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Better to have flown and lost than never to have flown at all

Better to have flown and lost than never to have flown at all

First published in The Guardian.com, 8 January 2014. I drew this cartoon (drew? wrote? created? I never know which verb to use about making cartoons. Yes they are drawn but for me the idea is the most important thing so lots of writing is involved and…Hang on – should I even say verb there? Perhaps I should say past [...]

Everybody Dance Now

Everybody Dance Now

First published in The Guardian, 28 November, 2012. This cartoon was amazingly topical at the time but as events fade into the distance I realise it could benefit from an explanation.   Background:  The Gangnam Style video, by the South Korean singer Psy, is the most viewed in the history of Youtube.   The song and its video spawned many parodies. [...]

Merry Christmas

Merry Christmas

First published in The Guardian online, 25 December 2013. Considering the mini furore in some social media outlets over my rejected crucifixion cartoon, it now bewilders me that I was much more worried about the potential reaction to this Christmas Day cartoon. Worried to the point where, of my own accord, I submitted a watered down version. [...]

A Nice Day Out

A Nice Day Out

First published in theguardian.com, 29 June, 2011   The undisputed First Couple of Mexican art are Diego Rivera and Frida Kahlo. When they got married Diego was 42 years old, 6’1″ and was 300 pounds; Frida was 22, 5’3″ and 98 pounds. This caused them many problems as people often got them mixed up and some people even thought they were twins. [...]

Jewellery of the Face

Jewellery of the Face

First published in www.theguardian.com, 18 December 2013   It’s interesting to witness an artwork becoming really famous before your eyes. When you think about it, fame (for a painting) is such a lottery. It is not, as one naively assumes when young, that the artworks of the highest quality are automatically the ones that are most [...]

Is this too much?

Is this too much?

This cartoon was meant to be published in the Guardian yesterday but was pulled at the last minute. Were they right? Did I go too far? Maybe they saved my bacon. Not sure whether to be angry or not. Considering that half of Western art is about religion it feels silly avoiding it. I’d be [...]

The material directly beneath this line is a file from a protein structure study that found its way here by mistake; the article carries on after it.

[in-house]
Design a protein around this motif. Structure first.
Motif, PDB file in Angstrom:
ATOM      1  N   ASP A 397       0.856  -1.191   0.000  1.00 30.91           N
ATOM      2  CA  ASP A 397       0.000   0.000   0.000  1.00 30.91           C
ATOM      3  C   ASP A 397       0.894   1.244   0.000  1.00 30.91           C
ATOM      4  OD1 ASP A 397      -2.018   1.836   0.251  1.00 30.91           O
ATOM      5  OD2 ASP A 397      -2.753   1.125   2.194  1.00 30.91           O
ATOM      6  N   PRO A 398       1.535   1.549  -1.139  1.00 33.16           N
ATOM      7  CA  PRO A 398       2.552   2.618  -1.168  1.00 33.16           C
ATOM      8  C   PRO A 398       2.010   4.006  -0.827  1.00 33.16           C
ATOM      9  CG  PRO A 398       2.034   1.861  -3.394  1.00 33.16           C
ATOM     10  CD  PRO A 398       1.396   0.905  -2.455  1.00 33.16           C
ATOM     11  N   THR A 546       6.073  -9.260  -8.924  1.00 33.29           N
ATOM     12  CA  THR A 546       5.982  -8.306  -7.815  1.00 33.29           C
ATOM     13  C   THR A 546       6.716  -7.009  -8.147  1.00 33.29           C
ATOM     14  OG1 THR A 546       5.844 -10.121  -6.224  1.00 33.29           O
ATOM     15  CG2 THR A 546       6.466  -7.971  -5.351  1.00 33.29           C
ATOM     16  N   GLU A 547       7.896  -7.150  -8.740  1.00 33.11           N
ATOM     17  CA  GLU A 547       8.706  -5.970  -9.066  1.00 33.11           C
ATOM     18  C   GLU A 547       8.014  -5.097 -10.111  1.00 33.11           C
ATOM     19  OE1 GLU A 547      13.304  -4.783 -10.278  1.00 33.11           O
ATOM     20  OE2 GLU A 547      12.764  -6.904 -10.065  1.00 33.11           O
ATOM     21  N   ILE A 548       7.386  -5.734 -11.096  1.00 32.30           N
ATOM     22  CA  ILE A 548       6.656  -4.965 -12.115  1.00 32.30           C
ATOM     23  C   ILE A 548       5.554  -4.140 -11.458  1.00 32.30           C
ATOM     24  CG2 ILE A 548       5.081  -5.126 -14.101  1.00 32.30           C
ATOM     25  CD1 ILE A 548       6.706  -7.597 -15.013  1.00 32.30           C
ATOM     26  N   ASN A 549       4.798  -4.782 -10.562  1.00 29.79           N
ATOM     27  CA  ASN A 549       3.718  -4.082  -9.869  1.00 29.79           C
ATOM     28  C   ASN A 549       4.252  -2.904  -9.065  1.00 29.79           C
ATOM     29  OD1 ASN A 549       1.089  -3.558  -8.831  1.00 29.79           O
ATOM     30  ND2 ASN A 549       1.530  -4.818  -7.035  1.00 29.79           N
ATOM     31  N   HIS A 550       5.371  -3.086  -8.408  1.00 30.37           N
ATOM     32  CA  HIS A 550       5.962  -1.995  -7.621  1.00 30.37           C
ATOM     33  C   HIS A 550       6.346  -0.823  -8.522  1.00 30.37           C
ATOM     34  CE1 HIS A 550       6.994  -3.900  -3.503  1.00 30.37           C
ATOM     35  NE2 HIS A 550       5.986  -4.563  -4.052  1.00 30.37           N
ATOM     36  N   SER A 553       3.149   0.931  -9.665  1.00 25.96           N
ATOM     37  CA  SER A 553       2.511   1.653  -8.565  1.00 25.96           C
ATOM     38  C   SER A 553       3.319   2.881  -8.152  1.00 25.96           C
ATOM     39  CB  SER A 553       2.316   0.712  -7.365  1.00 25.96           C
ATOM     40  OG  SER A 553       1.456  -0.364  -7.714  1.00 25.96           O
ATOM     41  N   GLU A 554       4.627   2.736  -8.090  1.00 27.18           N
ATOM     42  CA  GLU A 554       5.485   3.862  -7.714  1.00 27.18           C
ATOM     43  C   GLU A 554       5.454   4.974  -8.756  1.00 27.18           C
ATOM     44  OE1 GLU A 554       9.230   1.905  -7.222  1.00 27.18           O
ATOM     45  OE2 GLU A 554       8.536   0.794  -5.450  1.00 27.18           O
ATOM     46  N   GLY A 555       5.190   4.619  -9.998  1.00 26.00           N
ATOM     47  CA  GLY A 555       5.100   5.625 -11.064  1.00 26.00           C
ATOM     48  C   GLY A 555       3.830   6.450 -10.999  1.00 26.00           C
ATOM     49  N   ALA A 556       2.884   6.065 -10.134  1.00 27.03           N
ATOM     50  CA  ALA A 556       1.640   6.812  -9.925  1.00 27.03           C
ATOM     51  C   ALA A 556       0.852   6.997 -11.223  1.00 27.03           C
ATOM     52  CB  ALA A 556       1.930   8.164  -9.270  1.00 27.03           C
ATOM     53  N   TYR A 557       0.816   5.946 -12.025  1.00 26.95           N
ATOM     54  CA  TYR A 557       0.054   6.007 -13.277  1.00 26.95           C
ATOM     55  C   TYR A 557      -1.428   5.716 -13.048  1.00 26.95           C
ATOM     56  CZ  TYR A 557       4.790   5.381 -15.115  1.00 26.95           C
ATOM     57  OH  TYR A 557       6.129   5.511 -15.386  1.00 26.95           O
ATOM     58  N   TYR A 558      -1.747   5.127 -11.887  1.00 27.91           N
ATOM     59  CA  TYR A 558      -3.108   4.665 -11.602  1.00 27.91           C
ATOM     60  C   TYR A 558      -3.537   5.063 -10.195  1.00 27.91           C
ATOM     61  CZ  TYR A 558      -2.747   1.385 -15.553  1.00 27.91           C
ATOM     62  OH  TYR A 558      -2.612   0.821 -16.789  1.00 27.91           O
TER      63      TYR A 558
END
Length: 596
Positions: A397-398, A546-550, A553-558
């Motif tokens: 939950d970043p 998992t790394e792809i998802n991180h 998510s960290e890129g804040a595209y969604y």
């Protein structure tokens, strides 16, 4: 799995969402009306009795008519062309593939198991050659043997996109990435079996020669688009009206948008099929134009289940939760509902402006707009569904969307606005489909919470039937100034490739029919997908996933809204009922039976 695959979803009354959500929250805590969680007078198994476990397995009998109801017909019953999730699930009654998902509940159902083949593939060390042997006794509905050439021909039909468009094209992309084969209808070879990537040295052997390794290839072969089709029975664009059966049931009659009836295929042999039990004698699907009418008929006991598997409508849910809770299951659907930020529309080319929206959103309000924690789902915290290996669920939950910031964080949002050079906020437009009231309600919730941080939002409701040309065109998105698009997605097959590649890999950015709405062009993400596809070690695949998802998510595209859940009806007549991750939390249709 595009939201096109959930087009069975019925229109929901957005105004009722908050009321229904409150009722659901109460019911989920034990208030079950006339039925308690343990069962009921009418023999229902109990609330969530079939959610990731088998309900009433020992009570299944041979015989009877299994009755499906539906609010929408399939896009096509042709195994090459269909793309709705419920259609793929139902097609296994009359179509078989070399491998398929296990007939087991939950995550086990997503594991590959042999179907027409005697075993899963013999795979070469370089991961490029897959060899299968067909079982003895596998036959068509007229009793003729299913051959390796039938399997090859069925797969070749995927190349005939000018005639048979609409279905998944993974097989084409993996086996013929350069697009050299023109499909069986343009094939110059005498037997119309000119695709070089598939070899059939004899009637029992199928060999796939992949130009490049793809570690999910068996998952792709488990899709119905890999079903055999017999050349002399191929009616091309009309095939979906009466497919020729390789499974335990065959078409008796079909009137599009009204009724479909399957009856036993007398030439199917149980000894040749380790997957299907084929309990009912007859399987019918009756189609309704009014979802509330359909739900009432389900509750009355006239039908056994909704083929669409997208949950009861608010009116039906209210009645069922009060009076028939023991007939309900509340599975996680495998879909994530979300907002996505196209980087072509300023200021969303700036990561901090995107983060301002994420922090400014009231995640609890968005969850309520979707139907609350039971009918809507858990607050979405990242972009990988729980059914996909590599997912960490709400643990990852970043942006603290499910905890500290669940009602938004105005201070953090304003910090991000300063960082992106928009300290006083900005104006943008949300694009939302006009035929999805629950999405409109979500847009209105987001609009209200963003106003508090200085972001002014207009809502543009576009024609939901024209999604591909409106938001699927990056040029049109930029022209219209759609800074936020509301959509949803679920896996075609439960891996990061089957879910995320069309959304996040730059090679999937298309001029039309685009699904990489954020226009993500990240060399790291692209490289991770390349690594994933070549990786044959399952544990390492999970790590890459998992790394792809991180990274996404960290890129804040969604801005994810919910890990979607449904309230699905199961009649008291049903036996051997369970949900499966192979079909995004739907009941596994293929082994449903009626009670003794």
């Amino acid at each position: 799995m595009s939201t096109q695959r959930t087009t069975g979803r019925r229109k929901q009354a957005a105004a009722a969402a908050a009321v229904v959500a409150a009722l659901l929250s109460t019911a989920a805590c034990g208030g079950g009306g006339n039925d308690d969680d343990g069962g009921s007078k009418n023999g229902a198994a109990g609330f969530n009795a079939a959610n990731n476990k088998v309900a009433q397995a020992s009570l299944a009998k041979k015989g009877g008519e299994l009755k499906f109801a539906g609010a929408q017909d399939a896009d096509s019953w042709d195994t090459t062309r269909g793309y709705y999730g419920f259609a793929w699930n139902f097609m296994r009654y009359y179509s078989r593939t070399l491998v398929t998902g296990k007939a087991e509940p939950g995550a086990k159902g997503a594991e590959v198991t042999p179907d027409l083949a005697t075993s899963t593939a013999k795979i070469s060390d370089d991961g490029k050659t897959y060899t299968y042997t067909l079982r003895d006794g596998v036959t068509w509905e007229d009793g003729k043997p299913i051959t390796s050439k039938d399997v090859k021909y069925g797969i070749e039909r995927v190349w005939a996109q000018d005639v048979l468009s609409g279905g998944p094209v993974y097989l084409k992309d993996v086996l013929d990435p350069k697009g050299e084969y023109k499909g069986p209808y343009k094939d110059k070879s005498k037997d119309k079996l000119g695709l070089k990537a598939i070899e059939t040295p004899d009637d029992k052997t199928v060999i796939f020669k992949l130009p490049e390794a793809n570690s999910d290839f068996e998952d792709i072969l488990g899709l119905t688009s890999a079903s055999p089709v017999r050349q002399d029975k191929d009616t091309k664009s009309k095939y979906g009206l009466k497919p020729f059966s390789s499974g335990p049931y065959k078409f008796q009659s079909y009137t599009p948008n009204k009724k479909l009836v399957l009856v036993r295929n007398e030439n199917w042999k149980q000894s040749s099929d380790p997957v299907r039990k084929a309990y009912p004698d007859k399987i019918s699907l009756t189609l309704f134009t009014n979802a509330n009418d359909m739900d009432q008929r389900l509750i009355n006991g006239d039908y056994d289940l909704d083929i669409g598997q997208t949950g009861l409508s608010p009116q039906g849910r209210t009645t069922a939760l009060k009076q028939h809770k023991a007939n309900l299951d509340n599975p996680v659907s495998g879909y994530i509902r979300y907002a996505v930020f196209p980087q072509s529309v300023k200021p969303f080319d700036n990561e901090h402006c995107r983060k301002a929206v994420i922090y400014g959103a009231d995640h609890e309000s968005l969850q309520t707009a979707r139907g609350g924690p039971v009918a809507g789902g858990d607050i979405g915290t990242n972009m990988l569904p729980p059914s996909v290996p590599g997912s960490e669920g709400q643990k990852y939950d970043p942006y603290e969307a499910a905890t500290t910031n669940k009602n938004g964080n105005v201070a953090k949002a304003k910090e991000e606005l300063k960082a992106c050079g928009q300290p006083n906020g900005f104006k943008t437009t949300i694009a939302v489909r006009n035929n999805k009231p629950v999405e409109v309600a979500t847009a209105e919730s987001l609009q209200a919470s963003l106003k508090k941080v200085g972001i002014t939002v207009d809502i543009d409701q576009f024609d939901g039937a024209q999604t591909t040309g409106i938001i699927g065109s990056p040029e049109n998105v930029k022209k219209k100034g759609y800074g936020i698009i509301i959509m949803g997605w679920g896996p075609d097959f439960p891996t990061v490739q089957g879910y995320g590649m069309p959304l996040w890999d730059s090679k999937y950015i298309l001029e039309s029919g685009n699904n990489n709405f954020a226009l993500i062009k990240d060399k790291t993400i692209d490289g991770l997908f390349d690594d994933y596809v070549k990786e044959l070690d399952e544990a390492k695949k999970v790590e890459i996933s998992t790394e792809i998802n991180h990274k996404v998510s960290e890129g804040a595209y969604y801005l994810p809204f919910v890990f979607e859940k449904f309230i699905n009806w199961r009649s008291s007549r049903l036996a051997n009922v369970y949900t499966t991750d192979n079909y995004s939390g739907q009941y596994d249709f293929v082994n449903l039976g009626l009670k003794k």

This is not a knife

This is not a knife

First published in The Guardian online, 23 June 2011 This is a riff on Rene Magritte’s famous painting The Treachery of Images. It shows a pipe. Written below it are the words “Ceci nest pas use pipe.”, French for “This is not a pipe.” This highlights the fact that, despite its realism, this is a painting [...]

A Final Meal

A Final Meal

First published in www.theguardian.com on 4 December 2013 I was sitting at an extendable table and, half-bored, wrote the words “extendable table” in my notebook. I then asked myself which artwork has a long table in it. Leonardo Da Vinci’s ”Last Supper” quickly came to mind. Sometimes you just stumble upon a premise that opens up such a rich [...]

Who?

Who?

First published in www.theguardian.com on 20 November 2013 I like Banksy. His graffiti is always witty and he has conjured up  quite an unlikely, successful career. I’m not sure why it took so long to do a cartoon on him but it was his recent month long sojourn in New York City that prompted me to act.    Initially I decided [...]

Revolting

Revolting

First published in The Guardian online, 6 November 2013 This cartoon makes use of Jean-Francois Millet’s The Gleaners and Jean-Honore Fragonard’s The Swing. The two paintings embody such perfectly opposing values – peasants/aristocracy, work/play, poverty/wealth, hard life/frivolity, barren earth/lush vegetation, etc – that they begged to be put together. The trick was to give them a context [...]